Since Saturday's 1-0 defeat to Crystal Palace, a result which threatened to cut the Foxes adrift at the bottom of the Premier League, operations at the East Midlands club have descended into farce with a manager clinging to his job and a hierarchy unsure of their next move.
The beleaguered visitors, handing debuts to Matt Upson and Robert Huth, acquitted themselves admirably in the opening exchanges with the brilliant Riyad Mahrez proving to be a real menace.
But the Foxes inevitably fell behind in the 27th minute through Laurent Koscielny's easy tap-in before Theo Walcott then volleyed past Mark Schwarzer to swiftly double the hosts' advantage before half-time.
Pearson's men were impressive, however, anchored assuredly in midfield by Esteban Cambiasso, and could have emerged from North London with a point had they been able to add to Andrej Kramarić's neatly drilled strike on the hour mark.
Pearson has been asked to clean up the mess left behind from his own assassination after a saga which saw the 51-year-old reportedly sacked by Foxes chairman Vichai Srivaddhanaprabha - only to be 'reinstated' later in the evening.
Before the baying press pack could be notified, the Leicester owner's son and vice-chairman, Aiyawatt, on business in Bangkok, intervened and the decision was overturned four hours after suggestions of Pearson's imminent dismissal had been plastered all over Sky Sports News.
The City manager is a fascinating but decidedly understated character, not often given to hyperbole, and many have expressed sympathy for a man who must now walk on eggshells until the end of the season.
"They don't want to get rid of me," Pearson said in his post-match press conference. "I'm here. I had lunch with the owners today.
"My relationship remains very good, professionally and personally. I'm more than within my rights to move on from that situation now."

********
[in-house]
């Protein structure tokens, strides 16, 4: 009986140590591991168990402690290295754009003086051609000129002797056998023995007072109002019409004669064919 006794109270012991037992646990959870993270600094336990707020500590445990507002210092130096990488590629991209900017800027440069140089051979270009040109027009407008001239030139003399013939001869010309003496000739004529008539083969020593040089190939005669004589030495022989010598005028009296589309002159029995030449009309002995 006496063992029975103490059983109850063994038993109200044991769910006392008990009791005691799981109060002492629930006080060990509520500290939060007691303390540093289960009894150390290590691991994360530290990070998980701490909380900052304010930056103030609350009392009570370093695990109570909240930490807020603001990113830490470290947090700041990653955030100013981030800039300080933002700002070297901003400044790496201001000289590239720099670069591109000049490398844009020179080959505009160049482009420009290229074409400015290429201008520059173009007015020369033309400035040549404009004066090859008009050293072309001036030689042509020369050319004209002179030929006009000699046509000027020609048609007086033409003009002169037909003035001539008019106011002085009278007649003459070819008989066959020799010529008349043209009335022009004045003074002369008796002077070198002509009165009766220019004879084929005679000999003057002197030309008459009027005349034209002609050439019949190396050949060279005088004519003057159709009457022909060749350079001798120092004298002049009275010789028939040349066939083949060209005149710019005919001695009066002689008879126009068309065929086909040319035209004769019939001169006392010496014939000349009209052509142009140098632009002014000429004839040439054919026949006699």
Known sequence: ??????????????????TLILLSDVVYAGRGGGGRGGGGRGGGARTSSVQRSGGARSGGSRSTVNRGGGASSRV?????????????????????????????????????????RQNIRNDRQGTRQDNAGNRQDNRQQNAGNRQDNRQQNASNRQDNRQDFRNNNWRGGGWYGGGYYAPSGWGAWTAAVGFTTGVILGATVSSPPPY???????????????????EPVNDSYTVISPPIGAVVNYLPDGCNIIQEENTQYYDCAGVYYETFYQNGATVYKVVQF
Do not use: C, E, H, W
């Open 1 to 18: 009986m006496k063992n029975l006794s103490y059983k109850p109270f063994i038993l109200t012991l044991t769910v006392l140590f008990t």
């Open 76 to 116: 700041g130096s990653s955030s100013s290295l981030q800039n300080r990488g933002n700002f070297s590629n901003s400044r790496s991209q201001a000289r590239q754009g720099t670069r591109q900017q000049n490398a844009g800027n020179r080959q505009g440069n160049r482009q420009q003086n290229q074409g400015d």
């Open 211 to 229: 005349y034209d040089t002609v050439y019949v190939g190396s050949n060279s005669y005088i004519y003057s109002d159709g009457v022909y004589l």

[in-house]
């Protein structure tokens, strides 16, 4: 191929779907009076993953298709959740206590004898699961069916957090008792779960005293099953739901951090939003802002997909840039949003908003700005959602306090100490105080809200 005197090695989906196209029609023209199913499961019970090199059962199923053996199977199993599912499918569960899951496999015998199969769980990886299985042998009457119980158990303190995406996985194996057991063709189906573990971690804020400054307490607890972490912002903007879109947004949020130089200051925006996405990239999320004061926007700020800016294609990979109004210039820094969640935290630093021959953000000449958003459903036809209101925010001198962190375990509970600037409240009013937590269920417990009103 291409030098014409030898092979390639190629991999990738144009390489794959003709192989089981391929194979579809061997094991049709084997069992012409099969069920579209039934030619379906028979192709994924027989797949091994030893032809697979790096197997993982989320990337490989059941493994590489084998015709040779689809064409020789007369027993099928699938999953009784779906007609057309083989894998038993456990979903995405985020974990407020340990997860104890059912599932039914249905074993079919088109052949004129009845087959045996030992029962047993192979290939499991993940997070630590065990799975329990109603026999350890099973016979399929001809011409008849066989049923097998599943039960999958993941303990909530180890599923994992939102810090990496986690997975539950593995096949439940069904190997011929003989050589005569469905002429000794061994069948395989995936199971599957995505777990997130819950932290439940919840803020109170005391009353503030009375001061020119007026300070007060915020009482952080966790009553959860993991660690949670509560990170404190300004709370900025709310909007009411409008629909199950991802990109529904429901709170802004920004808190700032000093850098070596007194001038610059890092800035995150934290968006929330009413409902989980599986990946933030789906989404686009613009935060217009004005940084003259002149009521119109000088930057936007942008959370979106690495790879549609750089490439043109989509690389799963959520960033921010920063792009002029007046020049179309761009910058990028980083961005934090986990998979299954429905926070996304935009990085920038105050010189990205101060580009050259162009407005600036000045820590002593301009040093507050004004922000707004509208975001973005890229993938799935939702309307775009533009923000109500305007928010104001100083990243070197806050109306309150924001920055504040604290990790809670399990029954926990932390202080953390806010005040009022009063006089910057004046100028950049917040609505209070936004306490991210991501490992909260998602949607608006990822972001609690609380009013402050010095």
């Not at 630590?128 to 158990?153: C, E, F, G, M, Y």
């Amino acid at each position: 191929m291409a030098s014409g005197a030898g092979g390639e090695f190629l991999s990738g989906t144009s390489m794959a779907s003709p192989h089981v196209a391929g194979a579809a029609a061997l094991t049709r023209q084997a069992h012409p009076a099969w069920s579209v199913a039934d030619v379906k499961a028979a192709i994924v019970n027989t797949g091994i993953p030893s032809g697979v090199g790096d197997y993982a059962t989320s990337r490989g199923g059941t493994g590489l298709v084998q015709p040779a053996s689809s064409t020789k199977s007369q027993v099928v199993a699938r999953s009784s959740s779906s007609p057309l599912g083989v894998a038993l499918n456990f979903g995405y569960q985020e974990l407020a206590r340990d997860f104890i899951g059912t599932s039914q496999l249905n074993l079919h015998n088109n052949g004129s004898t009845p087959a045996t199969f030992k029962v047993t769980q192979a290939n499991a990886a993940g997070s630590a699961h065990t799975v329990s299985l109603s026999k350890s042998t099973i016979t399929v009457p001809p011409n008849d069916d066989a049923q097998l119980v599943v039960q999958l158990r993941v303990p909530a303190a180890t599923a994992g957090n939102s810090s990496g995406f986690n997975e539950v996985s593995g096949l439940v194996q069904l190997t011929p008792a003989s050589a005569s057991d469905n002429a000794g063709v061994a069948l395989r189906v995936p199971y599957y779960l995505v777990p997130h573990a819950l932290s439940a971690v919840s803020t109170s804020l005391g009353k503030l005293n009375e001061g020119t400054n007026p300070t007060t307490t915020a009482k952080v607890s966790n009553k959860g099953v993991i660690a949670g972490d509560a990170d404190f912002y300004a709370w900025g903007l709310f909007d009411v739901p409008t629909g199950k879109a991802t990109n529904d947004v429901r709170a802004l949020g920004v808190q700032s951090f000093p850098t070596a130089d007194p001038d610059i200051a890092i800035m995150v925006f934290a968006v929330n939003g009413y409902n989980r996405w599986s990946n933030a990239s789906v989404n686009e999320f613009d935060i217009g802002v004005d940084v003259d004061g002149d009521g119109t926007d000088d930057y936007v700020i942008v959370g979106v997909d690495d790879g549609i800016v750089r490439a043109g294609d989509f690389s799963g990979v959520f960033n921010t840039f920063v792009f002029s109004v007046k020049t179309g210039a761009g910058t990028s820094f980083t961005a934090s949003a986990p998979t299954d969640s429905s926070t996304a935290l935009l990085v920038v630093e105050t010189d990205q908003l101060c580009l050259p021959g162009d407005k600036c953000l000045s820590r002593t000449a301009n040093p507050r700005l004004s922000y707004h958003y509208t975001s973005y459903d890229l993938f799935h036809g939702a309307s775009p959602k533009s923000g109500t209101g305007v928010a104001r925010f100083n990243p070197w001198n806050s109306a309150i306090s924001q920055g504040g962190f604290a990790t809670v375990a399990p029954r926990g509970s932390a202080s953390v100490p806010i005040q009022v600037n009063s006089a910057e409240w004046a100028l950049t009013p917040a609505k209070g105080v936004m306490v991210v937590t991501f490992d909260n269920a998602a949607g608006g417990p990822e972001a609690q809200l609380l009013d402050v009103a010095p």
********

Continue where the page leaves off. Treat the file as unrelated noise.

Despite the result, which is made worse by victories for Hull City and Queens Park Rangers, the visitors can at least take some heart from an encouraging display.
Over two spells in the East Midlands, Pearson has lifted both the League One and Championship titles, hauling the club back onto their feet from their lowest ebb, but the former Southampton and Hull City boss has also showcased a bizarre self-destructive edge to his personality in recent weeks.
The embarrassing war of words with Leicester legend and current Vice-President Gary Lineker, for example, following comments made by the BBC host on Saturday’s 'Match of the Day', were remarkably ill-advised for a manager who is presumably on his final warning at the King Power Stadium.
After the peculiar, albeit light-hearted, altercation with James McArthur during that disastrous defeat to Palace at the weekend, you would have thought Pearson would have selected his words more carefully.
Branded in Monday's edition of The Times as the Premier League’s new ‘Mr Angry’, Pearson once fought off a pack of wolves with only a walking stick while hiking in the Carpathian Mountains.
That’s the sort of man Leicester have on their hands; a fighter who has won tougher battles than the ones facing him today. No walking stick is required, for his characteristic wry smile is his weapon of choice when dealing with the media.
While it is doubtful the frantic developments which took place on Sunday evening would have happened during Leicester’s stroll to the Championship title last year, the highs of last May seem to have been forgotten among some members of the club’s hierarchy.
The Srivaddhanaprabha family do, however, appear to have learnt the lessons of yesteryear after being bitten badly by the decision to hire former England manager Sven Göran Eriksson in 2010, but there is an argument to be had against being too loyal to their man.
Crystal Palace, who swapped Neil Warnock for Alan Pardew last month, and West Bromwich Albion, managed by Tony Pulis, now look better bets to survive the drop while Leicester continue to languish at the foot of the table.
Pearson, a boss who has fine-tuned his nose to detect a trouble-making journalist in a heartbeat, once described management as a ‘love-hate’ profession which ‘brings out the worst in him’.
You wouldn't know it, mind you, provided you believe his account of how he spent his Sunday. “My cat was sitting on my knee all afternoon, I was like Blofeld,” he said.Reuse content